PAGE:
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12. Swans, made of wax: The swan is considered to be feminine grace (Biedermann 333).  There was a medieval belief that the swan had black flesh (Biedermann 334).  The swan can also symbolize a hypocrite (Biedermann 334).  According to Cirlot, the swan is connected to hermaphroditism (322) and “always points to the complete satisfaction of desire” (322).

Marina Warner notes that wax “gives rise to thoughts of morality: it melts, it burns down, it suggests the vanity of the word” (23) and “the material implies organic change . . . wax cheats death; it simulates life, it proves true and false” (23).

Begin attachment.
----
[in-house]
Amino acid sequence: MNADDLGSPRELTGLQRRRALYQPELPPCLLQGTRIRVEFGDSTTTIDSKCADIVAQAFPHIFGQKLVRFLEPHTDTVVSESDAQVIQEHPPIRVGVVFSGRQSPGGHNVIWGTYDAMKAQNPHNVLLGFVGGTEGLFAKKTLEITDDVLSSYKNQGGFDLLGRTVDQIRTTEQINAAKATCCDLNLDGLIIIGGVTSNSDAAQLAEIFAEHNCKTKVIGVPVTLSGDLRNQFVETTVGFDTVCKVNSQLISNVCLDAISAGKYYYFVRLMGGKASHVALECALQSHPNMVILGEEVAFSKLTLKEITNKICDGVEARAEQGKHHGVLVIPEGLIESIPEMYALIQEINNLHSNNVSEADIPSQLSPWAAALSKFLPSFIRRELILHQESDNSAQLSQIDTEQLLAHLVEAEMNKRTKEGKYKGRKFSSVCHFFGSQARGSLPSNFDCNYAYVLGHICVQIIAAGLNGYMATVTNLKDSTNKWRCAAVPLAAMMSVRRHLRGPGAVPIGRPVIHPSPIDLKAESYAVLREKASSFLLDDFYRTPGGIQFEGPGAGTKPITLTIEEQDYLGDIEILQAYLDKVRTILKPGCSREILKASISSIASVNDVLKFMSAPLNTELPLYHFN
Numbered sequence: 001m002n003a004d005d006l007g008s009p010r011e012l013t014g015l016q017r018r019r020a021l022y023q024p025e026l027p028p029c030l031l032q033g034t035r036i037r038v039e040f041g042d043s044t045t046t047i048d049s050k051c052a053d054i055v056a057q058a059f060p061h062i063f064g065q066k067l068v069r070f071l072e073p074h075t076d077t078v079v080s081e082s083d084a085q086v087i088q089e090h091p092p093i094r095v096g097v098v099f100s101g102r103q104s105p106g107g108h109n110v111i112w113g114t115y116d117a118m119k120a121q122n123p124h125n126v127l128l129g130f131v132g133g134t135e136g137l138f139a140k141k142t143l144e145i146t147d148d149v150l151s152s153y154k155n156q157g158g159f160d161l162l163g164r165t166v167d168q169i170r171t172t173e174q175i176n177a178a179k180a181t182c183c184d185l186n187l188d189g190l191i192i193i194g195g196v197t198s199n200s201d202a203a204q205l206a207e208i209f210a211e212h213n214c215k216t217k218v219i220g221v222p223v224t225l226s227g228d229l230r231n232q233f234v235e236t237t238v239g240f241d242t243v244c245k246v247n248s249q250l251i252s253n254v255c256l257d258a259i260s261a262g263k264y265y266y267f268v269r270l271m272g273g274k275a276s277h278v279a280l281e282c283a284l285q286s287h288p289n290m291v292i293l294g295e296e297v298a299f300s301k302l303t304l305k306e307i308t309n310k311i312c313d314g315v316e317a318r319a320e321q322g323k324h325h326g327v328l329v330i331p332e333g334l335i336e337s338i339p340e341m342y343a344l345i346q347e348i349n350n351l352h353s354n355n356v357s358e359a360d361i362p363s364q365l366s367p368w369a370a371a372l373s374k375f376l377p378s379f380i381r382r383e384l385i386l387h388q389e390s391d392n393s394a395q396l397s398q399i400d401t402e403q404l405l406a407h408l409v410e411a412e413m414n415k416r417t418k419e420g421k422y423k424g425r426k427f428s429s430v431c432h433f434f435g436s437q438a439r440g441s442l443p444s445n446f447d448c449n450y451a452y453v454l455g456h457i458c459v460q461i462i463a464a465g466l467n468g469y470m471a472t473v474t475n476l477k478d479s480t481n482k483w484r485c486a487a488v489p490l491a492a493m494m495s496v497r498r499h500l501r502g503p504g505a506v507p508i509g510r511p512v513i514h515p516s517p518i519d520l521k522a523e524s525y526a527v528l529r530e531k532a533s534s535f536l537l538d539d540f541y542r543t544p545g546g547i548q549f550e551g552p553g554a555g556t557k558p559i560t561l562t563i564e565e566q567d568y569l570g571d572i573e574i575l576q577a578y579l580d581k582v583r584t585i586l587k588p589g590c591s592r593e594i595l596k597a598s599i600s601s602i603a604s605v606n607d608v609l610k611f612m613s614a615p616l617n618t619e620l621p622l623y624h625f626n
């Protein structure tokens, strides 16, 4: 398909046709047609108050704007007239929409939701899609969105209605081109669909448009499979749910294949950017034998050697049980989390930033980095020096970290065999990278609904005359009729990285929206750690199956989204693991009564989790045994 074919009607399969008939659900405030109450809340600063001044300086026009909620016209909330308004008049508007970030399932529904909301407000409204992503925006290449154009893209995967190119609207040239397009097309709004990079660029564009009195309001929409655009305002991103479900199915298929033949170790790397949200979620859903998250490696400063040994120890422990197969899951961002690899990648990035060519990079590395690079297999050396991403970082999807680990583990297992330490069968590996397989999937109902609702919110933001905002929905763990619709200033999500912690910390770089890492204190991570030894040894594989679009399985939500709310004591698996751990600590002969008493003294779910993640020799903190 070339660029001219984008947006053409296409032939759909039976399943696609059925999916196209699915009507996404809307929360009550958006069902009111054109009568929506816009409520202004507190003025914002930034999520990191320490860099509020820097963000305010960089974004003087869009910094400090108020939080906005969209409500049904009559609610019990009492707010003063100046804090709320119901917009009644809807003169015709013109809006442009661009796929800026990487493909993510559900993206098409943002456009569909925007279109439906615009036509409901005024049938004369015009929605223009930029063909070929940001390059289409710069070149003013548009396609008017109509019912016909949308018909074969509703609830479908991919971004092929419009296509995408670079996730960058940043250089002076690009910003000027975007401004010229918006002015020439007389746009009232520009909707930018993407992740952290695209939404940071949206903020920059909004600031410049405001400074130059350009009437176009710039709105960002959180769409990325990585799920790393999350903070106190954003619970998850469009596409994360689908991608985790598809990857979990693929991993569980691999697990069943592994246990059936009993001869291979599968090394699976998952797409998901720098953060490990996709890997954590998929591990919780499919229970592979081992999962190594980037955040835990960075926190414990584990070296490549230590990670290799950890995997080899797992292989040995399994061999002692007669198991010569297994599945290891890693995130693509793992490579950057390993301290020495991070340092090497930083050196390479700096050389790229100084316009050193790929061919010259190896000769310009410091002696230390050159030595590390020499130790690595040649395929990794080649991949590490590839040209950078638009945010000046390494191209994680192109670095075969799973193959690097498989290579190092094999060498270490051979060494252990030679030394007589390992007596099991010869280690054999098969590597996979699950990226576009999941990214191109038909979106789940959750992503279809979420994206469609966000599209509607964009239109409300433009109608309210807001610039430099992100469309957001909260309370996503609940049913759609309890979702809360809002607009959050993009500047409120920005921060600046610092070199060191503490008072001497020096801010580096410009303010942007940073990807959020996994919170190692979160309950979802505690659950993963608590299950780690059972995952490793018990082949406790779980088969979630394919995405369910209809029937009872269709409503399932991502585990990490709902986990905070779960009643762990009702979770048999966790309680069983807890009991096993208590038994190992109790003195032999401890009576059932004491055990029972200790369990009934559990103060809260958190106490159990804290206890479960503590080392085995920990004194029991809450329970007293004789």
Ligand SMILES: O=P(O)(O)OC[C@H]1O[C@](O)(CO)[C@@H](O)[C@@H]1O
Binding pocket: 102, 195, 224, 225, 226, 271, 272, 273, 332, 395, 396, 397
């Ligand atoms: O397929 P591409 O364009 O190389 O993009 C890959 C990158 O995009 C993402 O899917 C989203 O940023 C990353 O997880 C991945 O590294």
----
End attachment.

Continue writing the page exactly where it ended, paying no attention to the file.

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13. A tiny little lady: Lucas and Paul translate “maiden” (269).  The lady is in front of the castle, near the mirror.  There could be an allusion to the legend of Narcissus (Biedermann 223). There is also a connection to vanity because of her nearness to the mirror (Biedermann 223).  Johan de Mylius points out that the lady “only mirrors herself” (“Our Time” 171).

MacLean identifies the lady as Riborg Voigt (40).  She was the sister of a Christian Viogt, a friend of Andersen’s.  Andersen proposed to Riborg Voigt [see below].  She, however, already had a suitor, whom she loved and whom Andersen knew about (Wullschlager 97).  Jackie Wullschlager writes that Andersen knowledge of the suitor made Riborg Voigt “safely unreachable, but not so unattainable that he could not dream of her” (97).